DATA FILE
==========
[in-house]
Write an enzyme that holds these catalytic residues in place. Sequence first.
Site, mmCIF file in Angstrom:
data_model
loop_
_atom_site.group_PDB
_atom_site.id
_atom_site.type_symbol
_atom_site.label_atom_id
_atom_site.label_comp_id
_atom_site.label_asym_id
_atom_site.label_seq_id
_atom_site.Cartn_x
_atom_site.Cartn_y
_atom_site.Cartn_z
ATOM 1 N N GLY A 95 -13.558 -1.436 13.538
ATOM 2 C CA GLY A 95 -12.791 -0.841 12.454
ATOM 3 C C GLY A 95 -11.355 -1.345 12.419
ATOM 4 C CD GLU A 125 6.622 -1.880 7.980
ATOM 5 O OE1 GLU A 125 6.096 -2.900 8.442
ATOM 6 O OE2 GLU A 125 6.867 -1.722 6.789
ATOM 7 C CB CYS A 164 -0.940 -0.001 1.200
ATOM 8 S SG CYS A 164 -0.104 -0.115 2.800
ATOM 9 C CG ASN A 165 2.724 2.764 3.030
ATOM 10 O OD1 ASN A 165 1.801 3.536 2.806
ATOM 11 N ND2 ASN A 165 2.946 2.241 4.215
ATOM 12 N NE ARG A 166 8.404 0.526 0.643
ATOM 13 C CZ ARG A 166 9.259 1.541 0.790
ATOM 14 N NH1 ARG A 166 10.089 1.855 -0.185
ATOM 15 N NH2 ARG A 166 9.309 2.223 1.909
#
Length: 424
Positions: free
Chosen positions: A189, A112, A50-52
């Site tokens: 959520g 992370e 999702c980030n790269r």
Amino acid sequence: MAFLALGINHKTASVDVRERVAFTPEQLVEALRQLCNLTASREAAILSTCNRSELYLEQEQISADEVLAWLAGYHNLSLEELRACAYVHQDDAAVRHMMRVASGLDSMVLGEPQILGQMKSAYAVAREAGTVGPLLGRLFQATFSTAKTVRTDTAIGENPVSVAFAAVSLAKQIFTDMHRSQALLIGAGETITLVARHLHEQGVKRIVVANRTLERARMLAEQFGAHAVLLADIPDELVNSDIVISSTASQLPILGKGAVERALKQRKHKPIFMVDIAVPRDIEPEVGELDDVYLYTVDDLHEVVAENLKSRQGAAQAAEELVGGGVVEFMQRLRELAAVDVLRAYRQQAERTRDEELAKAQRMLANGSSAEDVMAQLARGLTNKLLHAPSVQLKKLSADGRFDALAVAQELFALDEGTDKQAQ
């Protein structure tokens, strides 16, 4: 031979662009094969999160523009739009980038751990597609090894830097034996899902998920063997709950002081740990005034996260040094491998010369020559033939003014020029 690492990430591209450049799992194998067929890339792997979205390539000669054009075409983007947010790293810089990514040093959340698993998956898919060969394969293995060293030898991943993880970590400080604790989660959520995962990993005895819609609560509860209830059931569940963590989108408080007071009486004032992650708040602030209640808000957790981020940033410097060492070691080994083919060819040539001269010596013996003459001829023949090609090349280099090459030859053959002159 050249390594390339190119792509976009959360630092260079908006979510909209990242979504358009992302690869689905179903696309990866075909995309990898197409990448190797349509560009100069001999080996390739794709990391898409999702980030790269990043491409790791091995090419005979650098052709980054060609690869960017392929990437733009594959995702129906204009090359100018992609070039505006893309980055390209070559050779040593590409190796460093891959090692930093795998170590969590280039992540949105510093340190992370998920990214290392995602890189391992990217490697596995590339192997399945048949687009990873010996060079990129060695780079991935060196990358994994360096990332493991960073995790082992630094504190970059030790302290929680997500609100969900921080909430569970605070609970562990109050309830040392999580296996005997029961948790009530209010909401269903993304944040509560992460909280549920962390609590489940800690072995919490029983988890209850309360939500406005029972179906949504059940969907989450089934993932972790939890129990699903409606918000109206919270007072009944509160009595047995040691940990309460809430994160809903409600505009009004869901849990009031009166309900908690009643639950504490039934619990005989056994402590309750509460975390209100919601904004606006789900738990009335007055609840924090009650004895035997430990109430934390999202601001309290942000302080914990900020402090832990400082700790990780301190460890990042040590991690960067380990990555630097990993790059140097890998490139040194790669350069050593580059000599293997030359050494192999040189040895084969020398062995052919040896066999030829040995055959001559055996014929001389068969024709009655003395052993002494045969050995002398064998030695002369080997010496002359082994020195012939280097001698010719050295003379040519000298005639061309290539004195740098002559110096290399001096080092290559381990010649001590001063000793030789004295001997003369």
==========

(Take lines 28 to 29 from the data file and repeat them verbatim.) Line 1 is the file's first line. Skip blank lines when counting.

ATOM 13 C CZ ARG A 166 9.259 1.541 0.790
ATOM 14 N NH1 ARG A 166 10.089 1.855 -0.185